Murrough O'Brien, 1st Marquess of Thomond

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Murrough O'Brien, 1st Marquess of Thomond KP, PC (1726–1808), 5th Earl of Inchiquin (1777–1800), wearing purple coat, white waistcoat, pale blue sash and breast star of the Order of Saint Patrick (Henry Bone)

Murrough O'Brien, 10th Baron Inchiquin, 5th Earl of Inchiquin, 1st Marquess of Thomond KP, PC (Ire) (1726 – 10 February 1808), known from 1777 to 1800 as the 5th Earl of Inchiquin, was an Irish peer, soldier and politician.

Life[edit]

Murrough O'Brien was born in 1726 to Hon. James O' Brien and Mary Jephson in Drogheda.

He joined the Grenadier Guards and was an officer in Germany, where he carried colours at the Battle of Lauffeld in 1747. He retired in 1756 and entered the Irish House of Commons for Clare in the following year. He represented the constituency until 1761 and sat then as Member of Parliament (MP) for Harristown until 1768.

Because of his support for the Act of Union of Great Britain and Ireland, on 29 December 1800 he was created Marquess of Thomond in the Peerage of Ireland, with a special remainder to his younger brother, and Baron Thomond, of Taplow in the Peerage of the United Kingdom on 2 October 1801 (which title allowed him to sit in the United Kingdom House of Lords), but this time with no special remainder. He had a close relationship with King George III. In 1783 he was one of the Founding Knights of the Order of St Patrick. His Irish seat was Rostellan, near Cork.

He was a drinker, called a "'six bottle man", and a gambler. He had a zest for life. He was a keen farmer and oversaw enclosure of lands around Taplow and mechanisation.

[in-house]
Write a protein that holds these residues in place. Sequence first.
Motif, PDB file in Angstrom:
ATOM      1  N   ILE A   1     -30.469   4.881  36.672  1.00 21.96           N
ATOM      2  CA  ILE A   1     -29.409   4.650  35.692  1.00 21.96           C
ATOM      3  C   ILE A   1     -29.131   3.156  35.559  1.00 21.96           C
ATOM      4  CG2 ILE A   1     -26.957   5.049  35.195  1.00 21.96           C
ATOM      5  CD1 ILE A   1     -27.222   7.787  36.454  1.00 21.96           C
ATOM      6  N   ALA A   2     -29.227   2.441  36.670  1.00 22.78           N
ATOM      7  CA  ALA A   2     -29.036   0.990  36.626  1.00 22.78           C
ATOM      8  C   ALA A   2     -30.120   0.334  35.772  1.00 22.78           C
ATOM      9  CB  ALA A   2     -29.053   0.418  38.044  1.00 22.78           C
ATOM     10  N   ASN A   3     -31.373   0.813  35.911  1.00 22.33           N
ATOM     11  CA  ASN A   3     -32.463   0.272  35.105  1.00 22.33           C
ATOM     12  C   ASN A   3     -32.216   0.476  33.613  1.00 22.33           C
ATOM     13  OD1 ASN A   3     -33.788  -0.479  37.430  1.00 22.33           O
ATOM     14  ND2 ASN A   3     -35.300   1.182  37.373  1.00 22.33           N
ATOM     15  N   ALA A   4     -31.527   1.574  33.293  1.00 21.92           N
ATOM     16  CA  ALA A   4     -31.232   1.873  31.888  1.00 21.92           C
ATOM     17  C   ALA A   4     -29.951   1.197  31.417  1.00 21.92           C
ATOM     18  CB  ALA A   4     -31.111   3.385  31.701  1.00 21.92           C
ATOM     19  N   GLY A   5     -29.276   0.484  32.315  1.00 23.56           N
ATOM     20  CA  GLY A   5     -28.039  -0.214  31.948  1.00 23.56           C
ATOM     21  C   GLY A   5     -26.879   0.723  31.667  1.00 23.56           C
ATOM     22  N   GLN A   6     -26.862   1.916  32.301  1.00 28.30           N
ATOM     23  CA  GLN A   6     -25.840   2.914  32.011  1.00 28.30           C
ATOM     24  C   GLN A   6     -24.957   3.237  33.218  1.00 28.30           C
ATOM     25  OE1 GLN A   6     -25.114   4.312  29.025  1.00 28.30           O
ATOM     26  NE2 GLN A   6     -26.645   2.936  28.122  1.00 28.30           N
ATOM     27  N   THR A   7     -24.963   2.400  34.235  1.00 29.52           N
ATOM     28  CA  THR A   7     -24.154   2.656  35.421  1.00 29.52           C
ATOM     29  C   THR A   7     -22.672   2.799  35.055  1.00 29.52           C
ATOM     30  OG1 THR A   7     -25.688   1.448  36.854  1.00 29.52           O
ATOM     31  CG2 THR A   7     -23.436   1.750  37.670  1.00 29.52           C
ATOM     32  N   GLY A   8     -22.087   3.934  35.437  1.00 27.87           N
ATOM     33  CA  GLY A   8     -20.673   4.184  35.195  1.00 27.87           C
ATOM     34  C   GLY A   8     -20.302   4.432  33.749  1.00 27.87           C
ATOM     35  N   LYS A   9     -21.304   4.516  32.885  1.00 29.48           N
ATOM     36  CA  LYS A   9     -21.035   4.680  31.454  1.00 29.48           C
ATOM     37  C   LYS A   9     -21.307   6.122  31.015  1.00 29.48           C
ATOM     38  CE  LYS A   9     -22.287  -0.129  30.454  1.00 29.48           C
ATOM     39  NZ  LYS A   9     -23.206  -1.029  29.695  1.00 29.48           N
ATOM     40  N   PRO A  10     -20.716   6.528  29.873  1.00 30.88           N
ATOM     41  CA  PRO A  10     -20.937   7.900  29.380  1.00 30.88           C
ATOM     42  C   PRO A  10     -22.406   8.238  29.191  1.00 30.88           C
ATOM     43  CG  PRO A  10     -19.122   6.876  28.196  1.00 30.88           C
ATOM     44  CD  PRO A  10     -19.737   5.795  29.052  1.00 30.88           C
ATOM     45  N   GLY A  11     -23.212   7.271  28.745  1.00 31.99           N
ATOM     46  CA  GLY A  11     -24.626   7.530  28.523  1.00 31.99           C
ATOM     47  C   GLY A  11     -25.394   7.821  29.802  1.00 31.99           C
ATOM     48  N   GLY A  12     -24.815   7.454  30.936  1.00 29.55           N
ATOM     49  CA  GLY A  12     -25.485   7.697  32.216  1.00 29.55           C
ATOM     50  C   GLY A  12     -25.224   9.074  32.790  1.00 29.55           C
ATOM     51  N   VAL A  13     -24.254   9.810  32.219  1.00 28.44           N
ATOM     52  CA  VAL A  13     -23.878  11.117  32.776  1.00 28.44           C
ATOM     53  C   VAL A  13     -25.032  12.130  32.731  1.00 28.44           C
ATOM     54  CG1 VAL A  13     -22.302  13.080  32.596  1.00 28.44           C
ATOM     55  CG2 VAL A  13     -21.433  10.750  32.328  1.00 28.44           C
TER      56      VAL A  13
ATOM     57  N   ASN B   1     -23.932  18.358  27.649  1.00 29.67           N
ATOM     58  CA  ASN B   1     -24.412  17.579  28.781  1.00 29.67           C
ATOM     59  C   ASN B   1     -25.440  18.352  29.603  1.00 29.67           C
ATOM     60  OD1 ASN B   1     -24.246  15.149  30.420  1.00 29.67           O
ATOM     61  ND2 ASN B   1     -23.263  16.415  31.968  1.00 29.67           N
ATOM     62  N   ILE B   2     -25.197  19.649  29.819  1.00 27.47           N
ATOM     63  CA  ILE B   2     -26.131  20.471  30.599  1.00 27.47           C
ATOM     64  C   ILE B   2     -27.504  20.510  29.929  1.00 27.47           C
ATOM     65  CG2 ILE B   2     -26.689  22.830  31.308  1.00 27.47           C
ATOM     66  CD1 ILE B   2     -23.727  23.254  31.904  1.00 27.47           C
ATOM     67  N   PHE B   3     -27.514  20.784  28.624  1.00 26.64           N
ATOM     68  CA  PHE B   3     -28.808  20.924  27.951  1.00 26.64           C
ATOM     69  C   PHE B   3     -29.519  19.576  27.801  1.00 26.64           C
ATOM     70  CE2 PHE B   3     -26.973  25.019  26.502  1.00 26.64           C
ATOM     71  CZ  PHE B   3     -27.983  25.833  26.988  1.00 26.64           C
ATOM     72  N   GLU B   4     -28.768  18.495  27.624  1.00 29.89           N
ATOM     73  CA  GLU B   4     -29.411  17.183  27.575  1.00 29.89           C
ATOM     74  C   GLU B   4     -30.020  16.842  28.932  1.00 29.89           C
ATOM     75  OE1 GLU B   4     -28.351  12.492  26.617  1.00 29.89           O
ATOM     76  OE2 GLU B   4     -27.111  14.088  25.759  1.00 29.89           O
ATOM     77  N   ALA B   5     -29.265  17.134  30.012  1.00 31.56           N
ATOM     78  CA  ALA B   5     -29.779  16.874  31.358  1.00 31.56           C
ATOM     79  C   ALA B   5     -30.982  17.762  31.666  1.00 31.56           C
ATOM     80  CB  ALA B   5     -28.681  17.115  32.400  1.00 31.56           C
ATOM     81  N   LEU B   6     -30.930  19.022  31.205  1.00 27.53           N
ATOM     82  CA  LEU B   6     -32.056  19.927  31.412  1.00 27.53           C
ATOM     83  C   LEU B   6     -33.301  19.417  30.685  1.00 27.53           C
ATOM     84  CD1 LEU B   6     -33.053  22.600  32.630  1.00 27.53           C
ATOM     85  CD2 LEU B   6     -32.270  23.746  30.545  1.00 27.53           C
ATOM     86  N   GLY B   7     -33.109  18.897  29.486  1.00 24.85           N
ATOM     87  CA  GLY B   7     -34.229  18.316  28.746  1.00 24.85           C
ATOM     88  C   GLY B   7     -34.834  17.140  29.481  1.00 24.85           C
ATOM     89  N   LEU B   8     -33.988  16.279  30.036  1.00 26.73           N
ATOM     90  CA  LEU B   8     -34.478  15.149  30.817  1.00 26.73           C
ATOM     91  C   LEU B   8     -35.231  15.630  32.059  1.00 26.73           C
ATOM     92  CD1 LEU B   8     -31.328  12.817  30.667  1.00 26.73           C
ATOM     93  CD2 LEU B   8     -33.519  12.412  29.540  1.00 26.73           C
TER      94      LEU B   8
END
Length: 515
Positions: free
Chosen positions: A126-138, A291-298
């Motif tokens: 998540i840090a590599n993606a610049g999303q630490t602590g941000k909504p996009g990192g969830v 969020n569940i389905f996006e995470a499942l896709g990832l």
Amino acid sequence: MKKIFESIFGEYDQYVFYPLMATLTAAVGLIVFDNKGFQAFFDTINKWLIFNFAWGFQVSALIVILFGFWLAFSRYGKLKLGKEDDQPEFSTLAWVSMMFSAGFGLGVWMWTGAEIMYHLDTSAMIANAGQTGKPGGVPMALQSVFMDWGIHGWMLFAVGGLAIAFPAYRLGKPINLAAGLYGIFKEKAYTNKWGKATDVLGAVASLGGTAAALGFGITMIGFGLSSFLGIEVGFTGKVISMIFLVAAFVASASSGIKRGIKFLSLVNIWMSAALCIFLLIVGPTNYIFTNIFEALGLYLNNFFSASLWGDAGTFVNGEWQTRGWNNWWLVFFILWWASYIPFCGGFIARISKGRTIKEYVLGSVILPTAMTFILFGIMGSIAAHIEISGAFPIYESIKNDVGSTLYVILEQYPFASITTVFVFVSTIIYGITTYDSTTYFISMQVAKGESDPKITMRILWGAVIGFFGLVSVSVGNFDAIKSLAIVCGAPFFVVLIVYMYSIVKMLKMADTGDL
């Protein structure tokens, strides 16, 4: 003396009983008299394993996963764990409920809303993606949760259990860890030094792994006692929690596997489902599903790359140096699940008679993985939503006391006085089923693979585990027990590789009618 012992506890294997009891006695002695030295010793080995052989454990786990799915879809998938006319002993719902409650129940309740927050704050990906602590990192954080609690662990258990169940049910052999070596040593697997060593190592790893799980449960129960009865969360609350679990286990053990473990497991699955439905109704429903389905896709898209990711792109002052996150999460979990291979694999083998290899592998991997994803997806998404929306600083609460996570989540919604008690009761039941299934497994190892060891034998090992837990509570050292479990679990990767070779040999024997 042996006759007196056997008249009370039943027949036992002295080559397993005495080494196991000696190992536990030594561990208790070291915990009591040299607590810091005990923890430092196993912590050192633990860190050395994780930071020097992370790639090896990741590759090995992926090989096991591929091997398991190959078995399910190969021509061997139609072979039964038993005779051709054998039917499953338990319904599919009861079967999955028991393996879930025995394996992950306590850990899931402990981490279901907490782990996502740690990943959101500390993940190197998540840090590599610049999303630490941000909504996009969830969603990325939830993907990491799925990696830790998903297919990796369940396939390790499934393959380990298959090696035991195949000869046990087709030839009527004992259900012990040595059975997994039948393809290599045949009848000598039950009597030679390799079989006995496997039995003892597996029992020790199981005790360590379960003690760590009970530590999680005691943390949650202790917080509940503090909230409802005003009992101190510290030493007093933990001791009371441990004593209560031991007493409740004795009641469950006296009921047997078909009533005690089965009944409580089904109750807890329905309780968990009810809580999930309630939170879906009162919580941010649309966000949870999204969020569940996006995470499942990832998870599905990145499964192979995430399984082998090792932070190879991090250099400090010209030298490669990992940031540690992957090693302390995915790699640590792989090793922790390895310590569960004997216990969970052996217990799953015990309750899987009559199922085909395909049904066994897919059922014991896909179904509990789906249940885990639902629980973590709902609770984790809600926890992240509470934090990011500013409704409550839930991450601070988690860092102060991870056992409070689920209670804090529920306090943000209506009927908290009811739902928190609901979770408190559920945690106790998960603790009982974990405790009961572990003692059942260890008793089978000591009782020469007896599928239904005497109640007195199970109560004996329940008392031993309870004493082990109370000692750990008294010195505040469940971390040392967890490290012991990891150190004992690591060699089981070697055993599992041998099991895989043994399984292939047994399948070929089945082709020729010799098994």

Marriages & progeny[edit]

Mary, Countess of Inchiquin (1750–1820), by Thomas Lawrence

He married twice:

He also is reputed to have had an illegitimate son, Thomas Carter (1767–1800), who was a popular singer in London during the 1790s. Thomas lived with Inchiquin at Taplow Court after his return from India in July 1789, and lent the earl all the money he earned in a benefit concert in Calcutta. In return, Inchiquin recommended Thomas to all his friends as a coal merchant; he had gone into that field after his marriage to Mary Wells in 1793 in order to support his growing family.

Death & succession[edit]

He died after a fall from his horse in Grosvenor Square, London on 10 February 1808. The title of Marquess of Thomond passed to his nephew William O'Brien, 2nd Marquess of Thomond. The barony of Thomond became extinct.

References[edit]

Parliament of Ireland
Preceded by
Robert Hickman
Sir Edward O'Brien
Member of Parliament for Clare
1757–1761
With: Sir Edward O'Brien
Succeeded by
Sir Edward O'Brien
Francis Pierpoint Burton
Preceded by
John Graydon
Agmondisham Vesey
Member of Parliament for Harristown
1761 – 1768
With: Edward Sandford
Succeeded by
Garret FitzGerald
Robert Graydon
Parliament of Great Britain
Preceded by
George Fitzwilliam
Marquess of Graham
Member of Parliament for Richmond (Yorkshire)
17841796
With: Charles Dundas 1784–1786
Sir Grey Cooper 1786–1790
Lawrence Dundas 1790–1796
Succeeded by
Lawrence Dundas
Charles George Beauclerk
Preceded by
Edward James Eliot
John Eliot
Member of Parliament for Liskeard
1797 – 1800
With: John Eliot
Succeeded by
John Eliot
Viscount Fincastle
Peerage of Ireland
New creation Marquess of Thomond
1800 – 1808
Succeeded by
William O'Brien
Preceded by
William O'Brien
Earl of Inchiquin
1777 – 1808
Peerage of the United Kingdom
New creation Baron Thomond
1801 – 1808
Extinct